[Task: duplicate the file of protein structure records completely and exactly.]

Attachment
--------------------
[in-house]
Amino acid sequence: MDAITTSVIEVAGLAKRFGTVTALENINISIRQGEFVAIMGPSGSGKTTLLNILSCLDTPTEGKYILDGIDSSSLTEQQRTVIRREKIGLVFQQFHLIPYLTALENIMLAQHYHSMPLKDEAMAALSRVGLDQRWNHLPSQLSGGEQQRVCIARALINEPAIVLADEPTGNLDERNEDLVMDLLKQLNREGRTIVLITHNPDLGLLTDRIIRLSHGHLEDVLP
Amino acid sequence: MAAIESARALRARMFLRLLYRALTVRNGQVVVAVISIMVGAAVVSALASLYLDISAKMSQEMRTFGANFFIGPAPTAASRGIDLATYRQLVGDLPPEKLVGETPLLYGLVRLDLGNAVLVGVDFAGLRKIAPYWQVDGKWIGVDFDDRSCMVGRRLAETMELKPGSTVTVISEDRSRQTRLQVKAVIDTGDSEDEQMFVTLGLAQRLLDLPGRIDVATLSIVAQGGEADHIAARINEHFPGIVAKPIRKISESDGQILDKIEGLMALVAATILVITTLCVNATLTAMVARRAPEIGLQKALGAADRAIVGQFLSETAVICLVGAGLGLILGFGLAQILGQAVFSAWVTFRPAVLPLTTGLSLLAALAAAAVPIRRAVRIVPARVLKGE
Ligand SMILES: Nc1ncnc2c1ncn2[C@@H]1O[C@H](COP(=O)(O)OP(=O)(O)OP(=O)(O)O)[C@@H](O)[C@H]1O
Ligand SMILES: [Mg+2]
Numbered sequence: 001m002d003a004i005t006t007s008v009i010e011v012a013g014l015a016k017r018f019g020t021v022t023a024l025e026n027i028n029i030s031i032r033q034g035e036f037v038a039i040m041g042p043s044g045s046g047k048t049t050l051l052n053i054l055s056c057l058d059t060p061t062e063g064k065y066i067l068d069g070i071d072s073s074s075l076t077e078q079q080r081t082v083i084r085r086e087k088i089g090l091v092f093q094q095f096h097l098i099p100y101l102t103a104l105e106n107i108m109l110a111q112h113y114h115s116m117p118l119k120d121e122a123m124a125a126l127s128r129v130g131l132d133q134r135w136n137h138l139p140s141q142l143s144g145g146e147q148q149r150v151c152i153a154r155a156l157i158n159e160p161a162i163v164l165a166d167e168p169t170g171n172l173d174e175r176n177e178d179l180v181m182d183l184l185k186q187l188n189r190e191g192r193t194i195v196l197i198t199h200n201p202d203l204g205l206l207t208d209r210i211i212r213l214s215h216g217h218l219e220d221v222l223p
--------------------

[in-house]
Amino acid sequence: MDAITTSVIEVAGLAKRFGTVTALENINISIRQGEFVAIMGPSGSGKTTLLNILSCLDTPTEGKYILDGIDSSSLTEQQRTVIRREKIGLVFQQFHLIPYLTALENIMLAQHYHSMPLKDEAMAALSRVGLDQRWNHLPSQLSGGEQQRVCIARALINEPAIVLADEPTGNLDERNEDLVMDLLKQLNREGRTIVLITHNPDLGLLTDRIIRLSHGHLEDVLP
Amino acid sequence: MAAIESARALRARMFLRLLYRALTVRNGQVVVAVISIMVGAAVVSALASLYLDISAKMSQEMRTFGANFFIGPAPTAASRGIDLATYRQLVGDLPPEKLVGETPLLYGLVRLDLGNAVLVGVDFAGLRKIAPYWQVDGKWIGVDFDDRSCMVGRRLAETMELKPGSTVTVISEDRSRQTRLQVKAVIDTGDSEDEQMFVTLGLAQRLLDLPGRIDVATLSIVAQGGEADHIAARINEHFPGIVAKPIRKISESDGQILDKIEGLMALVAATILVITTLCVNATLTAMVARRAPEIGLQKALGAADRAIVGQFLSETAVICLVGAGLGLILGFGLAQILGQAVFSAWVTFRPAVLPLTTGLSLLAALAAAAVPIRRAVRIVPARVLKGE
Ligand SMILES: Nc1ncnc2c1ncn2[C@@H]1O[C@H](COP(=O)(O)OP(=O)(O)OP(=O)(O)O)[C@@H](O)[C@H]1O
Ligand SMILES: [Mg+2]
Numbered sequence: 001m002d003a004i005t006t007s008v009i010e011v012a013g014l015a016k017r018f019g020t021v022t023a024l025e026n027i028n029i030s031i032r033q034g035e036f037v038a039i040m041g042p043s044g045s046g047k048t049t050l051l052n053i054l055s056c057l058d059t060p061t062e063g064k065y066i067l068d069g070i071d072s073s074s075l076t077e078q079q080r081t082v083i084r085r086e087k088i089g090l091v092f093q094q095f096h097l098i099p100y101l102t103a104l105e106n107i108m109l110a111q112h113y114h115s116m117p118l119k120d121e122a123m124a125a126l127s128r129v130g131l132d133q134r135w136n137h138l139p140s141q142l143s144g145g146e147q148q149r150v151c152i153a154r155a156l157i158n159e160p161a162i163v164l165a166d167e168p169t170g171n172l173d174e175r176n177e178d179l180v181m182d183l184l185k186q187l188n189r190e191g192r193t194i195v196l197i198t199h200n201p202d203l204g205l206l207t208d209r210i211i212r213l214s215h216g217h218l219e220d221v222l223p